How Wolves Change Rivers

As I've stated in previous writings, my true passion for production lies within capturing nature and landscapes.  Though it's not a consistent source of income, every once in a while cool opportunities present themselves. Recently Sustainable Man, a website that engages and informs people of sustainable ways of life, took notice in my Yellowstone and Grand Teton footage.  They’ve included it in a short documentary titled “How Wolves Changed Rivers.”  In recent history there has been a lot of conflict and difference of opinion around whether protecting wolves is more harmful than good. Wolves were reintroduced to Yellowstone National Park in 1995 after a complete extirpation from 1872-1926. Wolves were considered an undesirable predator in the mid west do to their threat on cattle and other livestock.  After wolves were reintroduced to Yellowstone in ’95 they quickly began to thrive, perhaps too quickly and un-naturally. Some people argue that there are too many wolves and in result, elk and moose numbers are significantly low, while others argue that over longer periods of time, the natural environment favors species to thrive in waves. If the elk and moose numbers get low that means less food for the wolves and naturally their numbers will begin to decrease allowing elk and moose to begin to rise again.  Some believe the only unnatural part to this whole equation is the livestock that resides within and just beyond wolf habitat which is where the extirpation came from in the beginning.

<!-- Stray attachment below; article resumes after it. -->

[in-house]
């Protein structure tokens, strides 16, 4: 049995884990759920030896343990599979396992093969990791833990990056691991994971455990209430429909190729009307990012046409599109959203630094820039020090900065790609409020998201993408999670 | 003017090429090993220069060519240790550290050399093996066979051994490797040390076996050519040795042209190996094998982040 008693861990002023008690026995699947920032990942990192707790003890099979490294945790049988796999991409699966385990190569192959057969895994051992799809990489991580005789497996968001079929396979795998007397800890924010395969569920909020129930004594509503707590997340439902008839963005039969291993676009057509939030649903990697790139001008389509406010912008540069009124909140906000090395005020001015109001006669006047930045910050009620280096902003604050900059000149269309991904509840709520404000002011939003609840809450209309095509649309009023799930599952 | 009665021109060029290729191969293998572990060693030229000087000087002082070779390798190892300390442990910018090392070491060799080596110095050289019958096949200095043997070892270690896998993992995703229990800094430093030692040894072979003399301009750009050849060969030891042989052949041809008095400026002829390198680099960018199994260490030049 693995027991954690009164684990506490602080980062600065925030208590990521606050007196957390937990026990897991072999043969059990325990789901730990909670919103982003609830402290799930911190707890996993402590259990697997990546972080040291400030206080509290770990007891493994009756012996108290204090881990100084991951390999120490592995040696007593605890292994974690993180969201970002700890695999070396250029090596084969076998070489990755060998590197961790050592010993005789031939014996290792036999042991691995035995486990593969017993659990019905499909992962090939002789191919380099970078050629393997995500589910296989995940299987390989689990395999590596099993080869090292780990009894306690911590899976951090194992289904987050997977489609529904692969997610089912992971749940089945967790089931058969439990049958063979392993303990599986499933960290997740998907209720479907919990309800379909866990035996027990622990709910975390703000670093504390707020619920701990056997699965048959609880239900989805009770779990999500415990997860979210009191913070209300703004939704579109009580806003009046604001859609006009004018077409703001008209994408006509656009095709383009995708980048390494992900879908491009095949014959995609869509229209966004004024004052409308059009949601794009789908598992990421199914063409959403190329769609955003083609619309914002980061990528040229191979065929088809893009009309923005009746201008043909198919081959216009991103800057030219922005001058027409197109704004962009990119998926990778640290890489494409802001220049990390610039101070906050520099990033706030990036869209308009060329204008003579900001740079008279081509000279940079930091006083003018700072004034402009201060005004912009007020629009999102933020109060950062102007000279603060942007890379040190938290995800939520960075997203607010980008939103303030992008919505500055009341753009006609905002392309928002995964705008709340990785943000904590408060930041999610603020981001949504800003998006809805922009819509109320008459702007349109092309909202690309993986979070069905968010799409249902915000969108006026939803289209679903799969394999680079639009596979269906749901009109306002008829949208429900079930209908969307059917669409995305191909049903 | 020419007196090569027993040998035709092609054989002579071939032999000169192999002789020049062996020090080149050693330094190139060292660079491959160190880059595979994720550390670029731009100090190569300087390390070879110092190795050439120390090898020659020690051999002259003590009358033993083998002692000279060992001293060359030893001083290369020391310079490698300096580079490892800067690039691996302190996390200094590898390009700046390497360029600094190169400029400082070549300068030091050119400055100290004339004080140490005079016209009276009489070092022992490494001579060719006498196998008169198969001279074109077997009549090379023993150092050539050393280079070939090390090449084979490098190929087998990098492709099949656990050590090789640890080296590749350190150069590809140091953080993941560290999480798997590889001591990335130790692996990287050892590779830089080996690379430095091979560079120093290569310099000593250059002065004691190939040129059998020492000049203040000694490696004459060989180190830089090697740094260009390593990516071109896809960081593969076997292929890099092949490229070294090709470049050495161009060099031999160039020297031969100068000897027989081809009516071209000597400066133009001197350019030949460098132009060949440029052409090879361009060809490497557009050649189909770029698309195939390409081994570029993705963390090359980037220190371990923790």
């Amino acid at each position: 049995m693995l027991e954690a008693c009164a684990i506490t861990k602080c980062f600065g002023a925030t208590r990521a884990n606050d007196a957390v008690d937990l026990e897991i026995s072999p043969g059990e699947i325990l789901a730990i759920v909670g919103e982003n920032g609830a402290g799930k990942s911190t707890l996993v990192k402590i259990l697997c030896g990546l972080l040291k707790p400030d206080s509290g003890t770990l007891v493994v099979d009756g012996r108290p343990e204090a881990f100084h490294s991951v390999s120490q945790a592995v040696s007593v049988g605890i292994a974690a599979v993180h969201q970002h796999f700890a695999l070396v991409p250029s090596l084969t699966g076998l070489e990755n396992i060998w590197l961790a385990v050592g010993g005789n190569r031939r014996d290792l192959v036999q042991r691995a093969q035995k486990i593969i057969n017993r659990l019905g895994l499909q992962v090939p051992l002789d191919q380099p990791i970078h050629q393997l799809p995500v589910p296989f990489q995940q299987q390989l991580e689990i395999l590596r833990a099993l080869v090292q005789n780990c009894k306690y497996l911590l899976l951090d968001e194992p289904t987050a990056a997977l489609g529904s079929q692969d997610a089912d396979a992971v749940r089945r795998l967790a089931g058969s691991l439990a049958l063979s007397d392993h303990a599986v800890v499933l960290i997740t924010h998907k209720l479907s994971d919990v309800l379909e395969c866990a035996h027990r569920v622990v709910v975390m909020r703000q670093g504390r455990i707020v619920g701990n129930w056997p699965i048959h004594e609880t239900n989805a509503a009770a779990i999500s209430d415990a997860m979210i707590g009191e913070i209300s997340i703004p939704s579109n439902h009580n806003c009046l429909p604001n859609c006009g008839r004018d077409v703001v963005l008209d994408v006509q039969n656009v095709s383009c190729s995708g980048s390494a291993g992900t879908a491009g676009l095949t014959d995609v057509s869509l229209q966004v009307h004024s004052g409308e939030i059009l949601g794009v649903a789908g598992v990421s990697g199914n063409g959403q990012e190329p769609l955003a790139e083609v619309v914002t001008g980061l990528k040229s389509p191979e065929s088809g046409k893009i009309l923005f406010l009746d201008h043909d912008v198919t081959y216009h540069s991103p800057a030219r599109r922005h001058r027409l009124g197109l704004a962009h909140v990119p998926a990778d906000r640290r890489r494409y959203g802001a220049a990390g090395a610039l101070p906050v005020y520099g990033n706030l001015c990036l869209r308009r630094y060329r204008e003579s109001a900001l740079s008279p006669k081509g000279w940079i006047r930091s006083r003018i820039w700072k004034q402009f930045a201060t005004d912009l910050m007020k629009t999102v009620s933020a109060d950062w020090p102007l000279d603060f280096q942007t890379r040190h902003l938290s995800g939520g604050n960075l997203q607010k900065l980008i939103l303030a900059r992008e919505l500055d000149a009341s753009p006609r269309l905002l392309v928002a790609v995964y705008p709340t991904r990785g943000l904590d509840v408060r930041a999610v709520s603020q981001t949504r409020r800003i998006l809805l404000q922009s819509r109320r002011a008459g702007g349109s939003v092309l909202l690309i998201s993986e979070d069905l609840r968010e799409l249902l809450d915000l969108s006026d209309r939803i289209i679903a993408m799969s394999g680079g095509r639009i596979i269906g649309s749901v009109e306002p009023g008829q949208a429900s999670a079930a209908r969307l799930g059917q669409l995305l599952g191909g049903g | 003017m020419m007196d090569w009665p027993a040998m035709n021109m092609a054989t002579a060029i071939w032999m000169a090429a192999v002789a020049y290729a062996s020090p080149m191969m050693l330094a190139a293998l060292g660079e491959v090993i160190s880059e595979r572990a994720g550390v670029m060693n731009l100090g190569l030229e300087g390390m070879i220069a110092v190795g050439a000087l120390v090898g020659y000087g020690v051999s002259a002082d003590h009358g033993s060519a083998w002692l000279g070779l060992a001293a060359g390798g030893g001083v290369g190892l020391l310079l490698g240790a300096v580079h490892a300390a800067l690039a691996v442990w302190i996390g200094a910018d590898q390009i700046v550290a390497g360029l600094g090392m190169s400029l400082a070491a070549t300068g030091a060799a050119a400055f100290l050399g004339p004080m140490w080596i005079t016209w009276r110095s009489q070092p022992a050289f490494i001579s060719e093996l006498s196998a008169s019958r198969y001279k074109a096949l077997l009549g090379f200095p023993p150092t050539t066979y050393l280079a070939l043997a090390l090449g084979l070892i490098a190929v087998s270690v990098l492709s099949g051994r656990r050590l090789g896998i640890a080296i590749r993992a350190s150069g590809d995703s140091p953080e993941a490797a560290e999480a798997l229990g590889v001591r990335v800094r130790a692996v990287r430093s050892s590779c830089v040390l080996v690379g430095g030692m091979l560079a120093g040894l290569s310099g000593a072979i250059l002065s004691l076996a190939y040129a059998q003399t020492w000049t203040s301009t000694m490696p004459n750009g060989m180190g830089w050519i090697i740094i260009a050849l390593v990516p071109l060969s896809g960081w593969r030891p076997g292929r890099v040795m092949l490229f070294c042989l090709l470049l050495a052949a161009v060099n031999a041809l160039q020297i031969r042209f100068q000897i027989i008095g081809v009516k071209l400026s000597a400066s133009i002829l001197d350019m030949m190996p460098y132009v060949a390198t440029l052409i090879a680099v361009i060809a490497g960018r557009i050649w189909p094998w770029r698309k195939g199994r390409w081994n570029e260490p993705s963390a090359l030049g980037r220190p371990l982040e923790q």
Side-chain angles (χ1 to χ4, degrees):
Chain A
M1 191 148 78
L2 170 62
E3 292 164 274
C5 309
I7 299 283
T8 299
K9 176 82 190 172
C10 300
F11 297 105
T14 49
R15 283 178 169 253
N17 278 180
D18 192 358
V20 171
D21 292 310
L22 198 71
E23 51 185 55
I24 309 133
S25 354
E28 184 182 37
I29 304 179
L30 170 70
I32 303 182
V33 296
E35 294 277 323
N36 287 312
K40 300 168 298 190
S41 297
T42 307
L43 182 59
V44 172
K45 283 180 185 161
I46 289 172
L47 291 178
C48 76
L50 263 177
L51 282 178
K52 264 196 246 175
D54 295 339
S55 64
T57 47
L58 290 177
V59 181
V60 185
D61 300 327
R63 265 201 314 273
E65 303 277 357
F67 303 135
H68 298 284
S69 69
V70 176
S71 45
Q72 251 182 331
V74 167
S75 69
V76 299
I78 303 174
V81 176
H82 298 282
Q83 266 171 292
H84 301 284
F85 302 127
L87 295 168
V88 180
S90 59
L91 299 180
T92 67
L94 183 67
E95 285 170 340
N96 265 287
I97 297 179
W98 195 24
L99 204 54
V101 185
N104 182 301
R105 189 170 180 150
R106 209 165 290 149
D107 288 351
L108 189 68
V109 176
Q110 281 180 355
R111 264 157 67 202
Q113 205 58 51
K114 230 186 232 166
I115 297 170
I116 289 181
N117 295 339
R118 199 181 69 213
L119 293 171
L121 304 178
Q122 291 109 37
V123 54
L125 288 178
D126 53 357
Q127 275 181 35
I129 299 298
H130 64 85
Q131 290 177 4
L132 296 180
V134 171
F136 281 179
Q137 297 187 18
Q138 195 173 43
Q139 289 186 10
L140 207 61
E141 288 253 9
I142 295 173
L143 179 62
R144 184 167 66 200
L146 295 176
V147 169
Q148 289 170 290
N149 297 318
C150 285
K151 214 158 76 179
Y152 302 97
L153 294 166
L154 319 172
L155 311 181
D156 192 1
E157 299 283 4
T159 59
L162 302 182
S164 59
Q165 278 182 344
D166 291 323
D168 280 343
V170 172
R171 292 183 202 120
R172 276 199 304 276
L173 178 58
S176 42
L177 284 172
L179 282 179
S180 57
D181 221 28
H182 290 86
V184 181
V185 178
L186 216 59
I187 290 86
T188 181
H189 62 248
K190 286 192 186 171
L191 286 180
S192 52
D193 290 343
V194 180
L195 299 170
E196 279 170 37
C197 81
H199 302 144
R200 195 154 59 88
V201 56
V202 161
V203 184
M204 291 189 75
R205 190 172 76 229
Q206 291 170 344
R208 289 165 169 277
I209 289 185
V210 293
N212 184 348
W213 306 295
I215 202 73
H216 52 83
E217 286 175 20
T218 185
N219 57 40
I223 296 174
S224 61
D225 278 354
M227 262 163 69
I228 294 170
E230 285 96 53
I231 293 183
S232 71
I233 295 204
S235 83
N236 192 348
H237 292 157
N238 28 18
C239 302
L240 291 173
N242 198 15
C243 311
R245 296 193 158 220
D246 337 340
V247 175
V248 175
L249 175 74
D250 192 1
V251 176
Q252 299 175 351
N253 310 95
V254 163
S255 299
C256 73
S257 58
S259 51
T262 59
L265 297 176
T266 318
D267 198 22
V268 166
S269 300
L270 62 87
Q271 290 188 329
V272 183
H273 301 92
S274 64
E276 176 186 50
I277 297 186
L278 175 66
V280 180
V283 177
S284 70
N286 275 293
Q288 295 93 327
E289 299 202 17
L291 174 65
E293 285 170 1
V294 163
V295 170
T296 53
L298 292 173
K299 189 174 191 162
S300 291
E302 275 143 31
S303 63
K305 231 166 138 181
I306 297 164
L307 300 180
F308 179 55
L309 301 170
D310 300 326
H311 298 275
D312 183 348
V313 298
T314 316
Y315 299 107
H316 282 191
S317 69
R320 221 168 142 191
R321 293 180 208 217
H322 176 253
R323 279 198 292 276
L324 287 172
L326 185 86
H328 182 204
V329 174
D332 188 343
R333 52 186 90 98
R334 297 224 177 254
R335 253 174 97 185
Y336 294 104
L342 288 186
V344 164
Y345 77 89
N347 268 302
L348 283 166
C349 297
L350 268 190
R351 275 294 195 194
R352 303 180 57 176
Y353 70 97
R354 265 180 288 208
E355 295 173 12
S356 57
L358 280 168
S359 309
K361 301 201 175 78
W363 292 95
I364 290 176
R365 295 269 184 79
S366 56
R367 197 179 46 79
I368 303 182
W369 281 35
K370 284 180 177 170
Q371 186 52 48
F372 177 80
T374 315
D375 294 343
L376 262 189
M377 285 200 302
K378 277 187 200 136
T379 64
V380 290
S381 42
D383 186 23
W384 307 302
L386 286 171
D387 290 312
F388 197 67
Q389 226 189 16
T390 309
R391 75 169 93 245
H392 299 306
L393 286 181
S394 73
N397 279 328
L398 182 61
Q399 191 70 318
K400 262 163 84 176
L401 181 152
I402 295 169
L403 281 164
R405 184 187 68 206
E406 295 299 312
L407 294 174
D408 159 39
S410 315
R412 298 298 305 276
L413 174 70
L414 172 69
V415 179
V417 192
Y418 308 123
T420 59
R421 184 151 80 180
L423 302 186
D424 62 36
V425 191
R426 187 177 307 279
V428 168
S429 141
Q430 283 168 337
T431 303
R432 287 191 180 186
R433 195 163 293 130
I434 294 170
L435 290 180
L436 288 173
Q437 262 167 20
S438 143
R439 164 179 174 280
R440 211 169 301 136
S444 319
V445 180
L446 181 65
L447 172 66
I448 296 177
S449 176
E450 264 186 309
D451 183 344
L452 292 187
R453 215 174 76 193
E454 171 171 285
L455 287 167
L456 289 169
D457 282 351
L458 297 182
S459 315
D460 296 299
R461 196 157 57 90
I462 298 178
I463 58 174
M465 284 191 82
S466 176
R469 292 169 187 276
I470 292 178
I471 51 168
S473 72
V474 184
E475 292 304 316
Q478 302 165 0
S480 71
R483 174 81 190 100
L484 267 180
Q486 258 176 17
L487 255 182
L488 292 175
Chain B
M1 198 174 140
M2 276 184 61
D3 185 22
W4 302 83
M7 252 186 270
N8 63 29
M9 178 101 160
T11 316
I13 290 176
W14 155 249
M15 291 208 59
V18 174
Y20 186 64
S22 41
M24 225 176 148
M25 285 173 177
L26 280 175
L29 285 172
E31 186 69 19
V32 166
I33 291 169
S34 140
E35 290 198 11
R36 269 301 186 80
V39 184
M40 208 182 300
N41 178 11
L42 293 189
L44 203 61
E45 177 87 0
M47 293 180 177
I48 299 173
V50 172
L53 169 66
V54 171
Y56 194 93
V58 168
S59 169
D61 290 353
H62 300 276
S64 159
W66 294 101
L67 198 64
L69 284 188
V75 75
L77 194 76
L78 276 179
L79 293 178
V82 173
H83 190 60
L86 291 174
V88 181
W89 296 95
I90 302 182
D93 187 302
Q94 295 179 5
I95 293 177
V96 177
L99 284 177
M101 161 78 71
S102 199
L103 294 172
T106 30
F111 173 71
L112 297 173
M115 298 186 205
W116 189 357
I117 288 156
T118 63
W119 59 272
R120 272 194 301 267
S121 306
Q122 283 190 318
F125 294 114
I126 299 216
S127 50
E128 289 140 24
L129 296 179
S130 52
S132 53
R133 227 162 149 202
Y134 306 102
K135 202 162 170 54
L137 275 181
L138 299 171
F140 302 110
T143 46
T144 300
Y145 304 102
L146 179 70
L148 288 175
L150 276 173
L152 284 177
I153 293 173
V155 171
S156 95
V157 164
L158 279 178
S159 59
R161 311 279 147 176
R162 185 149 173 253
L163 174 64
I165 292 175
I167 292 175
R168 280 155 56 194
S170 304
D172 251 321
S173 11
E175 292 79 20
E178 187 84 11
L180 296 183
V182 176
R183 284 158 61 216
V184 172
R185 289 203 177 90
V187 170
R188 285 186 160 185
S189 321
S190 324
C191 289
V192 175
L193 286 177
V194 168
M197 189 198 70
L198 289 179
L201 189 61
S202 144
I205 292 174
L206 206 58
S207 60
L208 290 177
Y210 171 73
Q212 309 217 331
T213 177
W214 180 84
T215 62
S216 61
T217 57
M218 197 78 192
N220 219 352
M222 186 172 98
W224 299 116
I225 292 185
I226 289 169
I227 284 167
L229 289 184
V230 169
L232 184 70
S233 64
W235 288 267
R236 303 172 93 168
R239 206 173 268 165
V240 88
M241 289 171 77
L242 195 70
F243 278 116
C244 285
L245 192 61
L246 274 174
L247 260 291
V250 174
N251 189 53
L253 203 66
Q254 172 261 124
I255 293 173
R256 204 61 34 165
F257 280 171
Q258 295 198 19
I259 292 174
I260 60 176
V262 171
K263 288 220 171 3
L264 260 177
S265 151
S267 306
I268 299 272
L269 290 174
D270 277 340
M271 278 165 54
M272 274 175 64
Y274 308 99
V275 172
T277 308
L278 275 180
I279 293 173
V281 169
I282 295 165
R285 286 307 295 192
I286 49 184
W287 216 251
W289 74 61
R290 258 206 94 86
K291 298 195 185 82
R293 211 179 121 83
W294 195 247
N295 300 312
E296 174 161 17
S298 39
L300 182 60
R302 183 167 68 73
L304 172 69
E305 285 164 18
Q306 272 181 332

Amongst all the dramatic tension, I’m happy to provide content that helps tell the wolves story. I’m always honored to include my footage in films that promote natural spaces and an appreciation for wildlife. I applaud Sustainable Man's mission to help people see a more dynamic wolf.